Welcome to our weekly Books Digest where we round-up what you should, and shouldn’t, be reading. This week features Marie Le Conte, Dan Kovalik and Clare Sestanovich.

For more books take a look through our Books Digest Archive.

Honourable Misfits: A Brief History of Britain’s Weirdest, Unluckiest and Most Outrageous MPs by Marie Le Conte (Hodder & Stoughton), £14.99.

Bill Bowkett 

Some – not all – politicians we have elected have been a peculiar bunch. So much so that journalist Marie Le Conte has written an entire book about it. Honourable Misfits: A Brief History of Britain’s Weirdest, Unluckiest and Most Outrageous MPs is everything you come to expect from the ever acute Le Conte. “This book is not about politics,” Le Conte clarifies in the introduction. It is an attempt to celebrate the oddest and most eccentric people the House of Commons has ever seen.

The decision to focus on the House of Commons I found baffling. Why solely focus on the lower chamber? The House of Lords is bound to have had some oddballs sat on the red benches. Another quibble I have is the lack of MPs that were present from the 1970s onwards. No George Galloway and his purry Celebrity Big Brother cameo; no Dennis Skinner and his infamous Queen’s Speech quips.

Instead, we get John Benjamin Stone for being a photographer and Joseph Brotherton for being… a teetotal vegetarian? The selection of MPs – the majority of whom are perhaps predictably male – are a mixed bunch. There are eccentrics, adventurers and idlers. 

Some are worth turning the page over for, like Ignaz Trebitsch-Lincoln and his treachery and conversion to Buddhism. Others, however, fall frustratingly flat. The only interesting thing about James Morrison is the wealth he passed down.

Marie Le Conte’s writing style is accessible, filled with verve and the odd sarcastic jab. But it is not enough to sustain interest for 200 pages, not least because the profiles vary in length and intrigue. She even admits this flaw, asking the reader: “How are you reading this book? Is it in large chunks, swallowing biography after biography, or only one MP at a time, when you have a moment?” The latter was the case.

As side hustles go for Marie Le Conte, Honourable Misfits is a waning effort to “celebrate human nature… in all its odd, compelling complexity”. She should look at the misfits currently running our country instead.

Cancel This Book: The Progressive Case Against Cancel Culture by Dan Kovalik (Skyhorse Publishing), £18.99.

Olivia Gavoyannis

After making its way through America, “cancel culture” is now an undeniable part of British public life. Rule Britannia, artist Jess de Wahls, the film Grease and banjo player Winston Marshall are just a few of the British public figures and cultural touchstones that have been publicly condemned, or “cancelled”, this year for expressing an objectionable behaviour or viewpoint. To its supporters, “cancel culture” champions social justice and holds people accountable for their actions. To its critics – a group that includes American human rights lawyer, professor and peace activist Dan Kovalik – the practice is often counter-productive and destructive of the very values which the “cancellers” claim to support.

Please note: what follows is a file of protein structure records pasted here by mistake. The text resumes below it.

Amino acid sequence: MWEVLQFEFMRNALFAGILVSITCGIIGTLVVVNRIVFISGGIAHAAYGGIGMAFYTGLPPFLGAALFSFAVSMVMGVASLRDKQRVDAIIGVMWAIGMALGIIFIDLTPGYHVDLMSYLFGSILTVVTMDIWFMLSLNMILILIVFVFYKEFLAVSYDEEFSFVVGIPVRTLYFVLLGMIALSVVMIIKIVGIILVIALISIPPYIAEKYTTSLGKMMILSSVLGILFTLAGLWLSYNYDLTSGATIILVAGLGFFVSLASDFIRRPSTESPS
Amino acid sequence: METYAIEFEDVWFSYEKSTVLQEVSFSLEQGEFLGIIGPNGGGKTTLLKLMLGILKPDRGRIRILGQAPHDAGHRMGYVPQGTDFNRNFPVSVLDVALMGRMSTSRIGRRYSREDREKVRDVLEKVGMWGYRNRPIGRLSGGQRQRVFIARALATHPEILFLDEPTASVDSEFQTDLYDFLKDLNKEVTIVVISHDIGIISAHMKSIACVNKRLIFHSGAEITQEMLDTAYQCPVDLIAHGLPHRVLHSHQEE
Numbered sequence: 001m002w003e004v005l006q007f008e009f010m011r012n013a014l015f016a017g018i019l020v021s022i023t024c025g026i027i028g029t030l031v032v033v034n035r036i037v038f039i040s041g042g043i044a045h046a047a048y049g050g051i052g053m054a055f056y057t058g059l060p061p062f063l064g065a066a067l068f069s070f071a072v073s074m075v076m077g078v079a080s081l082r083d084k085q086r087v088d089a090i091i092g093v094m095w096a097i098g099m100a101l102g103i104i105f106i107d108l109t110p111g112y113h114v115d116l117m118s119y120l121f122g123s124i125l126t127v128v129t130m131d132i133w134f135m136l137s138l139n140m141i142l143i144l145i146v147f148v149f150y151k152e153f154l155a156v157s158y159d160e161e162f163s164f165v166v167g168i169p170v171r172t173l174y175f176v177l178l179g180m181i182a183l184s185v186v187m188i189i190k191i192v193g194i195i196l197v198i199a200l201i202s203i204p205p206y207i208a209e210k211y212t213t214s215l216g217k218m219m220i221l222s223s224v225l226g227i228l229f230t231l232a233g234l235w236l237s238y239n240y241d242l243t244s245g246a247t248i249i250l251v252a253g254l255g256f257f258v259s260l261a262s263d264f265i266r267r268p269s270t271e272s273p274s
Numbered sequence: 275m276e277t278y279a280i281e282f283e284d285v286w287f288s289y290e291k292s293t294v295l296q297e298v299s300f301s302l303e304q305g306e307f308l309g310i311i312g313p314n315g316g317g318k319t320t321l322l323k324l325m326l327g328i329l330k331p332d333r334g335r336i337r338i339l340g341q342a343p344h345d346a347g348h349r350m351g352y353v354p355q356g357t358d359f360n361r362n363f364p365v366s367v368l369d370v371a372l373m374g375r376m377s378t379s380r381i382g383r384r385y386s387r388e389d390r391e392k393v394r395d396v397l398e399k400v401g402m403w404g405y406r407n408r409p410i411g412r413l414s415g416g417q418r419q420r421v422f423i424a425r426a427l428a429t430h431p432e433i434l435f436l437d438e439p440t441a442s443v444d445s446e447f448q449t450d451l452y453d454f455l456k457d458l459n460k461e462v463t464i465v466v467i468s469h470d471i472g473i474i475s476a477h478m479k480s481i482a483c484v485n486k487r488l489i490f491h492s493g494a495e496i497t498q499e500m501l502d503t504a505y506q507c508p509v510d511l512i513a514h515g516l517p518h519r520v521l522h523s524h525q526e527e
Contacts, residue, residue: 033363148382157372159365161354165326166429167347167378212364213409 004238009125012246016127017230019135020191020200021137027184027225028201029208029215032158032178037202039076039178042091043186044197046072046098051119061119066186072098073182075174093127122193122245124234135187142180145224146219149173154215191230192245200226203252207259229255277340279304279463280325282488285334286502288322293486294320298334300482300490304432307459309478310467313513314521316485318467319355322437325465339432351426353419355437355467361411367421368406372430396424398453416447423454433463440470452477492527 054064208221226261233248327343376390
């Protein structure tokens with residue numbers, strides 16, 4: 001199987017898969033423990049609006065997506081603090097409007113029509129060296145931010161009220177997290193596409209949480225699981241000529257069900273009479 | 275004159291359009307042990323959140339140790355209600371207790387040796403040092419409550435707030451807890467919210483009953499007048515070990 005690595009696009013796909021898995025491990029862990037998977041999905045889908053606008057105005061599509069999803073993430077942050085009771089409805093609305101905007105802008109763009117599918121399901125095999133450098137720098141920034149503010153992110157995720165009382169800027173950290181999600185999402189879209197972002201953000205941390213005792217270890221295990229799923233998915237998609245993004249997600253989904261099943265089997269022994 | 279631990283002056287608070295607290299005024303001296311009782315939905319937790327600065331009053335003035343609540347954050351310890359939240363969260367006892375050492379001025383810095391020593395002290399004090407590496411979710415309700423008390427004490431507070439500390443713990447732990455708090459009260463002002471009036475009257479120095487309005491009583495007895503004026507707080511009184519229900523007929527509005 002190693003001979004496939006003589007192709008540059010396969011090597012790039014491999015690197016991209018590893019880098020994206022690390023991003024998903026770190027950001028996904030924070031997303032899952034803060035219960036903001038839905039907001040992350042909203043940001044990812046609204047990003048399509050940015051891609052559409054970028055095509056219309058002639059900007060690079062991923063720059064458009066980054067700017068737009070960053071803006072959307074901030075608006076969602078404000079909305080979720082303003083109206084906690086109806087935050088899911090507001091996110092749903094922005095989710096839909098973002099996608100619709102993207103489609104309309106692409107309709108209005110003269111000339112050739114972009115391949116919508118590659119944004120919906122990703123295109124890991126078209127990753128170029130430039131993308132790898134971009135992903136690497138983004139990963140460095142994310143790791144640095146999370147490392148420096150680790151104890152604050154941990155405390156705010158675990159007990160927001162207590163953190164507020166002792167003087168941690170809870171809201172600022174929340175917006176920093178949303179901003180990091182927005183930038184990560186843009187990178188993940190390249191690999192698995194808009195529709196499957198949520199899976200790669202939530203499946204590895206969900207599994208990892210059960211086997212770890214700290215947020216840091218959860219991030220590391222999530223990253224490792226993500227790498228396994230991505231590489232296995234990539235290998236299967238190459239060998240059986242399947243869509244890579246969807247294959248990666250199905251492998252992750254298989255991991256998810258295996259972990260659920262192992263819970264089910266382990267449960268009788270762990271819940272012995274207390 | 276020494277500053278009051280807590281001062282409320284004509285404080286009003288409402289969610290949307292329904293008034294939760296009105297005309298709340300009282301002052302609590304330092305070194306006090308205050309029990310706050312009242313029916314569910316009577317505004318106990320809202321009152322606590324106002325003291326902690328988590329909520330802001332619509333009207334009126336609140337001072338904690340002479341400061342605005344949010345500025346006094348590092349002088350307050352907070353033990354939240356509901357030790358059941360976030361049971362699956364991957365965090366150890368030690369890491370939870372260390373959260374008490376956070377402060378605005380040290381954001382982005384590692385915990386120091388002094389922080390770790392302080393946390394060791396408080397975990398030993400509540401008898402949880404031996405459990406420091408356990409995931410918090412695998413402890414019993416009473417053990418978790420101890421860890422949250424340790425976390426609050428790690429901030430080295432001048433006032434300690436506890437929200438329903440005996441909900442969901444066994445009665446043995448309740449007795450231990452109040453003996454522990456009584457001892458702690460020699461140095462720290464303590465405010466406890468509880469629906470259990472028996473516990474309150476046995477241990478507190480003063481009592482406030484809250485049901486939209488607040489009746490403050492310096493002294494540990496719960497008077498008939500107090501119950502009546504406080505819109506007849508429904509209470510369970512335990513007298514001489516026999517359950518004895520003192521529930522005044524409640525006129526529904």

In Cancel This Book, Kovalik makes what he describes as “the progressive case against cancel culture” – detailing how his own experiences of left-on-left bullying compelled him to speak out about the issue. The book is billed as an exposé of the views that other progressives are too afraid to air publicly, and Kovalic certainly does not shy away from contentious topics. Over the course of the book, he rips apart diversity training, criticises white protestors for hijacking the Black Lives Matter demonstrations and takes on the “blood sport of academic cancellation”. Whether or not you agree with his opinions – and Kovalik himself acknowledges that you will probably take umbrage with a few – the book offers a welcome starting point for discussing an issue which is made so toxic by its intolerance of debate.

Objects of Desire by Clare Sestanovich (Pan Macmillan), £14.99.

Alice Crossley

Short stories often feel like the literary equivalent of glancing into the window of a stranger’s house and observing a snippet of their life. The challenge for the writer is making those few stolen moments worth watching. Clare Sestanovich, an editor at the New Yorker, excels at this task in her debut short story collection, Objects of Desire. These eleven short stories about lust, womanhood and self-identity portray the author’s meticulous skill for observation as she draws out the amusing and the melancholic from seemingly everyday interactions.

“Separation” follows Kate, whose first husband dies only a year after they marry and who dreams of telling the daughter she has with her second husband about her first love, only for her daughter never to ask. “Security Questions” is about Georgia, a twenty-six-year-old, and Debbie, the wife of the much older man Georgia is having an affair with. In “By Design”, Suzanne, a middle-aged mother, falls for one of her employees only to find herself embroiled in a sexual harassment claim.

In each chapter, and even within each story, Sestanovich expertly places you in the mind of different women, young and old, rich and poor, single and in relationships. The stolen glimpses into the complex minds of her characters will leave you unable to resist writing the rest of their story in your head.

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